When it comes to making parenting decisions, it’s not always clear cut what’s the best choice. How you feed your baby can feel like one of these gray areas.

During your pregnancy, you may have read about all the benefits of breast milk and feel strongly that you want to provide your baby with it. Do you need to exclusively breastfeed though? What about pumping — even exclusively pumping?

While we can’t make any feeding decisions for you, we’ve compiled some of the pros and cons of exclusive breastfeeding and exclusive pumping. We’ve also put together a few considerations and tips to help you choose the best feeding method for you and your baby.

Exclusively pumping — feeding your baby only pumped breast milk through a bottle or other alternative method — is perhaps less publicly discussed than exclusive breastfeeding, but many people choose this approach.

Why would they choose to do this? Well, some of the benefits of exclusively pumping include:

  • Flexibility. Exclusive pumping allows you the ability to do it on your own time schedule.
  • Reassurance. Feeding milk through a bottle allows you to know exactly how much milk your baby is consuming in a day.
  • Back-up milk. By adding in extra pumping sessions during the day, you can create a stockpile of some extra milk for occasions when you might want to have an alcoholic beverage or eat something that doesn’t agree with your baby’s stomach.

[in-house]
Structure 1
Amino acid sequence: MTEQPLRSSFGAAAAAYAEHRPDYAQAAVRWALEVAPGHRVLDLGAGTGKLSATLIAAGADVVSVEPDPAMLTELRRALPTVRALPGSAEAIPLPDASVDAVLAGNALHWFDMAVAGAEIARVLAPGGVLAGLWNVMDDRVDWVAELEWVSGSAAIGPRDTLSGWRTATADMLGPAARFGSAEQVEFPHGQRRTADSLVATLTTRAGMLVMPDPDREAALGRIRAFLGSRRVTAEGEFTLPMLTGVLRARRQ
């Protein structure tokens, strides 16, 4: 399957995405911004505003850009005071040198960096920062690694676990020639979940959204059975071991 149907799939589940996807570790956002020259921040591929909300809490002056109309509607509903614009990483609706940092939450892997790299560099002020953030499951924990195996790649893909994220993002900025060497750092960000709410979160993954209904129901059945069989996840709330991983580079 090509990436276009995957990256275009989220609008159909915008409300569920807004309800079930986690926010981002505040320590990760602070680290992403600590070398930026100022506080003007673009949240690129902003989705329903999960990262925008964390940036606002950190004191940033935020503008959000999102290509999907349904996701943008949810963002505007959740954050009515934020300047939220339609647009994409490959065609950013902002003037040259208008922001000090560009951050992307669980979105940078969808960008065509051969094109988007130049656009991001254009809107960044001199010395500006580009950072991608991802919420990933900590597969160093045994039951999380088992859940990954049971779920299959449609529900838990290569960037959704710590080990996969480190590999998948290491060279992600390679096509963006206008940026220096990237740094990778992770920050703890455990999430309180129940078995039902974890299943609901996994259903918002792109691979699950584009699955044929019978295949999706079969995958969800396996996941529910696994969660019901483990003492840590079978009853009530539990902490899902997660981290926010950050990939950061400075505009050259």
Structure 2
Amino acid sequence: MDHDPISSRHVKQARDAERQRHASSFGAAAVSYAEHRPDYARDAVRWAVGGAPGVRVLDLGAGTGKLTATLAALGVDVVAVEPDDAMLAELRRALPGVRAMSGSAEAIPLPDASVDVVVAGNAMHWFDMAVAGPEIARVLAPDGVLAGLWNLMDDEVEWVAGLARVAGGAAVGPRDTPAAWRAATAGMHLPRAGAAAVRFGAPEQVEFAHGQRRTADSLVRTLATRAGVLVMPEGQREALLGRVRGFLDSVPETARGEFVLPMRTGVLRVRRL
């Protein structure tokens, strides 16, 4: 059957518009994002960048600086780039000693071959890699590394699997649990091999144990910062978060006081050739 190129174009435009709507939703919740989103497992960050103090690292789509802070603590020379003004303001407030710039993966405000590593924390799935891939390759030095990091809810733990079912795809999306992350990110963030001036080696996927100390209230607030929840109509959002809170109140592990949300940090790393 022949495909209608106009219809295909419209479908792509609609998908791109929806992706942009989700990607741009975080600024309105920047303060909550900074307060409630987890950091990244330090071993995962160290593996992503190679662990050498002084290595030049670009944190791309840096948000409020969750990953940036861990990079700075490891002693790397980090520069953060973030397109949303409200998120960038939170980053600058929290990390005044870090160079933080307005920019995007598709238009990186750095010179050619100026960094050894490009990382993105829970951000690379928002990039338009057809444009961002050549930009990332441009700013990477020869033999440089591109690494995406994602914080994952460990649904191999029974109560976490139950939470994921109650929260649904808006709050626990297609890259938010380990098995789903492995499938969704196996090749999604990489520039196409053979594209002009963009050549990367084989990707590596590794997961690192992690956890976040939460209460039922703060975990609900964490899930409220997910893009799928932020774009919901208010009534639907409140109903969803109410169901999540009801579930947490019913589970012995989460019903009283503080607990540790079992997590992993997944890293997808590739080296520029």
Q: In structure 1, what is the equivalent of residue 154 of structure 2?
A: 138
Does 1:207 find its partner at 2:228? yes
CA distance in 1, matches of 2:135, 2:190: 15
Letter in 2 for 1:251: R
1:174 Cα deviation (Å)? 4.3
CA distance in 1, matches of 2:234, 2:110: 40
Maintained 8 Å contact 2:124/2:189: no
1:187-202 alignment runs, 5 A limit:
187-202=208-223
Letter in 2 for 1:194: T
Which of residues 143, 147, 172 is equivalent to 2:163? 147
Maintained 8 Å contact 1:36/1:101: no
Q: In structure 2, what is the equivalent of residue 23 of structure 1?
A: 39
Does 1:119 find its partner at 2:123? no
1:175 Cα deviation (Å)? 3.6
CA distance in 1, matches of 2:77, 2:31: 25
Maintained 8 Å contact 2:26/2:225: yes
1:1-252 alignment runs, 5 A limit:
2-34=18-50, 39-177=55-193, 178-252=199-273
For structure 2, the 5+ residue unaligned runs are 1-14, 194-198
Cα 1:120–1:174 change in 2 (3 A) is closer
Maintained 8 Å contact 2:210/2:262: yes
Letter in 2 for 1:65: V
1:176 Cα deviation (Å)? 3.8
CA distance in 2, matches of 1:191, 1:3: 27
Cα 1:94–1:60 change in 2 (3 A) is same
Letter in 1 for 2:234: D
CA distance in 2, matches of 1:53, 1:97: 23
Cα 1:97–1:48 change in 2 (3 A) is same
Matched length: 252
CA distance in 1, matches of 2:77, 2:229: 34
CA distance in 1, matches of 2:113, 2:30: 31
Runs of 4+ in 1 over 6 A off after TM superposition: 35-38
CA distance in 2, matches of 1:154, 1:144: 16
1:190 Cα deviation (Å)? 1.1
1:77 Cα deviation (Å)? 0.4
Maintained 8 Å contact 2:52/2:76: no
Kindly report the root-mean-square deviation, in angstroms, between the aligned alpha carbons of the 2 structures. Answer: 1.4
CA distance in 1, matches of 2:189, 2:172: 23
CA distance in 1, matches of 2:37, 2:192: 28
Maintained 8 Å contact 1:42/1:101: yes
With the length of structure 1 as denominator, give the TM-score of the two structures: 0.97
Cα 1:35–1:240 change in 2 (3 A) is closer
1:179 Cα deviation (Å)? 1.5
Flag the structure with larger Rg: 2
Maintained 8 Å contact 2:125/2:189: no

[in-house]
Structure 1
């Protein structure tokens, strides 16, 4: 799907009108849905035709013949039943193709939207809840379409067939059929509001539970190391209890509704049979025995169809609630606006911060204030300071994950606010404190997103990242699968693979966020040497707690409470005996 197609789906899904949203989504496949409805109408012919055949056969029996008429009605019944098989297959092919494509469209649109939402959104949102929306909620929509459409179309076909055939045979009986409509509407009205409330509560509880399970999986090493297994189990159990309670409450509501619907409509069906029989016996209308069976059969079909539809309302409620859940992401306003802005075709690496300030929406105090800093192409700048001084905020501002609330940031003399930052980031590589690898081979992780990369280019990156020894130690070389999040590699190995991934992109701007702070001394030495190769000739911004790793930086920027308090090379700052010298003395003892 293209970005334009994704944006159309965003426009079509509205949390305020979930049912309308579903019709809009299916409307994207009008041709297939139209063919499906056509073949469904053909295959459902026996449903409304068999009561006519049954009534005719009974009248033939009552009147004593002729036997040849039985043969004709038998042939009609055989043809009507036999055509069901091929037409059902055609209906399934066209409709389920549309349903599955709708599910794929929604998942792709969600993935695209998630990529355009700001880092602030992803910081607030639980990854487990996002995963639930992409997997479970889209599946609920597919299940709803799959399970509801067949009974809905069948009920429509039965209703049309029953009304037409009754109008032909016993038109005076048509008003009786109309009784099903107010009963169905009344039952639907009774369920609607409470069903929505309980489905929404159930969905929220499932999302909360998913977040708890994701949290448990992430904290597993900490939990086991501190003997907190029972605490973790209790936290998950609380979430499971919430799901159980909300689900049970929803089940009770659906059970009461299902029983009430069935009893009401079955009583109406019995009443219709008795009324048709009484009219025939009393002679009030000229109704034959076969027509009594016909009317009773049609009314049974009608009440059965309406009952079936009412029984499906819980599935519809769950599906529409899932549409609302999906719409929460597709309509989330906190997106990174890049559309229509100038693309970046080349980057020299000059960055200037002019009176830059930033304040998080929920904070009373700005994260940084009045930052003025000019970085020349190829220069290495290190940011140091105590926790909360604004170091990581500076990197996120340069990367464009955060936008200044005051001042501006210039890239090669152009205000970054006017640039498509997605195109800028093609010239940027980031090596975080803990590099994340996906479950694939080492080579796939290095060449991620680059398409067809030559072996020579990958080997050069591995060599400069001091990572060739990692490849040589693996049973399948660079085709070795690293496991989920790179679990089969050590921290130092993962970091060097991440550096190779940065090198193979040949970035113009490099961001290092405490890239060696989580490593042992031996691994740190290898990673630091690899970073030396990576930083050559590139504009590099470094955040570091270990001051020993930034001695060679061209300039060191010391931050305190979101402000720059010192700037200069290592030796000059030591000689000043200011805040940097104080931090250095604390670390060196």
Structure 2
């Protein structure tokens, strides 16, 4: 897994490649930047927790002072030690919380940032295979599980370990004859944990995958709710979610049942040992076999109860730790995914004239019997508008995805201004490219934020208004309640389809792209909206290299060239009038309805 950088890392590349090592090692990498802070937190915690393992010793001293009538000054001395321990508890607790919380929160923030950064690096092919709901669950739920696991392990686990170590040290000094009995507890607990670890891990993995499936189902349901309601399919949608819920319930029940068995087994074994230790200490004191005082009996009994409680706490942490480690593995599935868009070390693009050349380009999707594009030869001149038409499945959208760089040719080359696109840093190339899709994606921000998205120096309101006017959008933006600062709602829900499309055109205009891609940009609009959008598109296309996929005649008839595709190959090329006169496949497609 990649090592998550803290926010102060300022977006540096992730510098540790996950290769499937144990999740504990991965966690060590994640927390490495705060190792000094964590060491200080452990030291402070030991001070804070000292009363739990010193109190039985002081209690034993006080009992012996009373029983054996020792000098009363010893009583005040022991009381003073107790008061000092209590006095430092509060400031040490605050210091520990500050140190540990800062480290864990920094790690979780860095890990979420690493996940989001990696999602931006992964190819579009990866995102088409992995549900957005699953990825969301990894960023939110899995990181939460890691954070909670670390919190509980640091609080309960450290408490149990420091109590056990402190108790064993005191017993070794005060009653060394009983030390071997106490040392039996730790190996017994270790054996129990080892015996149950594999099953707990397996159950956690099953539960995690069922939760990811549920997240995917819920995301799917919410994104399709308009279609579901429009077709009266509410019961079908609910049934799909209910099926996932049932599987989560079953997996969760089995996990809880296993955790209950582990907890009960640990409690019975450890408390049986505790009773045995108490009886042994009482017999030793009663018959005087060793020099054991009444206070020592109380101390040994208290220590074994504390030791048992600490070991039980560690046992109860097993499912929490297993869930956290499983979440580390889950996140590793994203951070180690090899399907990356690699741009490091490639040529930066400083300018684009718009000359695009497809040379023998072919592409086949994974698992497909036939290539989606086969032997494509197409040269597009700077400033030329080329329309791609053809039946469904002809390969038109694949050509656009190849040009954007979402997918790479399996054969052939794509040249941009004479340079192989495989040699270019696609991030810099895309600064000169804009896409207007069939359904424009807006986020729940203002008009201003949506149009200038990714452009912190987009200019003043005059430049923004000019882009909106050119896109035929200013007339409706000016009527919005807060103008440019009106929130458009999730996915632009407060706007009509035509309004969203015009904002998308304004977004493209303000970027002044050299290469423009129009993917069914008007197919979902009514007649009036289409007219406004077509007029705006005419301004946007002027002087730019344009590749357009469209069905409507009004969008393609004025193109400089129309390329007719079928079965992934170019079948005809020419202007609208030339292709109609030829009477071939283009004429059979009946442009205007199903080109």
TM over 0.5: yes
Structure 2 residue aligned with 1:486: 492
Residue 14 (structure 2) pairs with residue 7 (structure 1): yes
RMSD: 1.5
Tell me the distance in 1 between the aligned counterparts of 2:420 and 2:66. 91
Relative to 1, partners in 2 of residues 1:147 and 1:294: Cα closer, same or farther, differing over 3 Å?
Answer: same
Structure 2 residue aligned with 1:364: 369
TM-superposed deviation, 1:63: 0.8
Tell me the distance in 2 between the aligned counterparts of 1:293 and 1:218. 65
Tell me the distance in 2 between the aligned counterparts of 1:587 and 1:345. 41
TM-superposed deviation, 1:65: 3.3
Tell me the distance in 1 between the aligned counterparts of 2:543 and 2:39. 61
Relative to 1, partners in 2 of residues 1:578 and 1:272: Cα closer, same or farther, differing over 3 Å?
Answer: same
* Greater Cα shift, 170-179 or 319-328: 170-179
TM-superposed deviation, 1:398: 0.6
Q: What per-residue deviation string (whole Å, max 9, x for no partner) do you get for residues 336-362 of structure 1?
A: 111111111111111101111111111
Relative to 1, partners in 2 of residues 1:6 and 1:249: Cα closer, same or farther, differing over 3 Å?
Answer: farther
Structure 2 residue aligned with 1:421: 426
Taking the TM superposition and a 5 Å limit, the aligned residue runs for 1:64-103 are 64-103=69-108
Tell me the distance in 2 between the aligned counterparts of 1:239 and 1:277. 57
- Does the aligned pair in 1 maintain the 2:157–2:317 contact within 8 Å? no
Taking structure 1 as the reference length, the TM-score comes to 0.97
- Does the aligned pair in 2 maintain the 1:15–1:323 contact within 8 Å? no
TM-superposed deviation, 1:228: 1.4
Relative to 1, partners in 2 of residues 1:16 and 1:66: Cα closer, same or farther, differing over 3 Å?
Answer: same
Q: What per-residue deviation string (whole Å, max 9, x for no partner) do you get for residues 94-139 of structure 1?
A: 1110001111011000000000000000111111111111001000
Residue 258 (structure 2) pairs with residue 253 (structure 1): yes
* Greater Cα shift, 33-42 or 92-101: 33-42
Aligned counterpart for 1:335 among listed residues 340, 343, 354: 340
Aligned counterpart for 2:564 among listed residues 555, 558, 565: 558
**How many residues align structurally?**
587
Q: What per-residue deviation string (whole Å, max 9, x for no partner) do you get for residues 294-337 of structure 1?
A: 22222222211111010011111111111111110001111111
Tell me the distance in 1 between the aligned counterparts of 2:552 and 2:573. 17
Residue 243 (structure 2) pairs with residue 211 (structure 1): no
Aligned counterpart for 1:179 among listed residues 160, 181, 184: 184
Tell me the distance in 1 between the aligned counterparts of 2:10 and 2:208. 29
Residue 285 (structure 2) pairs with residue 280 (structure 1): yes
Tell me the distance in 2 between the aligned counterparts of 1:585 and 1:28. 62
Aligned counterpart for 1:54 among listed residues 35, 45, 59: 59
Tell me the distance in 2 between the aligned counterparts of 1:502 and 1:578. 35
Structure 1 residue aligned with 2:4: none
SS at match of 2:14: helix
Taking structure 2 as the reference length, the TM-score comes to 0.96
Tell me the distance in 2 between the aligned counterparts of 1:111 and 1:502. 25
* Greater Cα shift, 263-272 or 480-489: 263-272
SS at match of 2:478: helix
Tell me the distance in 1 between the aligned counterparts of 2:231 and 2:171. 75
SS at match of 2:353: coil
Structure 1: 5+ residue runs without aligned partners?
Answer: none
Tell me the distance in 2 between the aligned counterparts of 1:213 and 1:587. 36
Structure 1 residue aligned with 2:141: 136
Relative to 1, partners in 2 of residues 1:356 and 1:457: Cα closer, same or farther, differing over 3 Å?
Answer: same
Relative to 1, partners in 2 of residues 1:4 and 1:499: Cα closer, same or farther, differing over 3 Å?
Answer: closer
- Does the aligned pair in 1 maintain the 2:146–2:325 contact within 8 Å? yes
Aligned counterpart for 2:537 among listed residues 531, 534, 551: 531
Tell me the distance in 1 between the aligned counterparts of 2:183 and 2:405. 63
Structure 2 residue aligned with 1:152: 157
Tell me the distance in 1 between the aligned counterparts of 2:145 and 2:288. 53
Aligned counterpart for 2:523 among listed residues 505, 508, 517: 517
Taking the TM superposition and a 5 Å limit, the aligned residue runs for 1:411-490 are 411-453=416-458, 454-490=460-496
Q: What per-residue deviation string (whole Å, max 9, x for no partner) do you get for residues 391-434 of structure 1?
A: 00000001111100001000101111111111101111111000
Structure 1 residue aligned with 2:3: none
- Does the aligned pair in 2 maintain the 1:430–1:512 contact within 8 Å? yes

• Avoiding pain. Pumping can offer a way to avoid breast discomfort due to poor latch, bites, or other issues.

Some examples of situations where exclusive pumping might be really useful include:

  • a premature baby
  • a baby who can’t latch
  • a baby with a cleft palate
  • when you and baby need to be separated for long stretches of time during the day due to work or illness
  • when breastfeeding is extremely painful

After hearing the benefits of exclusive pumping, you may be wondering why anyone would choose to feed their baby another way! Well, there are benefits to exclusively breastfeeding too. Some examples of these benefits include:

  • Less mess. Exclusive breastfeeding means not having a lot of bottles or pump parts to clean after each feeding session.
  • Improved milk nutrition. Breast milk nutrients match your baby’s needs especially well when your body is interacting with your baby in the close way that breastfeeding requires. Your breast responds to the baby’s saliva content, producing antibodies for viruses or bacteria to which the baby has been exposed.
  • Bonding time with your baby. Parents who exclusively breastfeed spend a lot of time holding and feeding their baby. The time and closeness promote a special bond between parent and child.
  • Always available. When you’re exclusively breastfeeding, there’s no need to worry about whether you have formula or pumped milk ready to feed your baby.
  • Free. Exclusive breastfeeding is free — no need to pay for pumps, storage bags, or formula.

Exclusively pumping seems to come with a lot of freedom, so why might some people not enjoy it?

  • Clean-up. With exclusive pumping there are lots of extra pump and bottle parts to wash and sanitize. Not only does this add up to plenty of work, but it can also take a lot of time (a valuable commodity when you have a little one!)
  • Letdown struggles. Sometimes milk doesn’t let down as quickly or as much with a machine. Pump suction is also not always as effective as a baby’s mouth at getting milk out of the breast. As a result, depending on the person, exclusively pumping can result in less milk production than breastfeeding.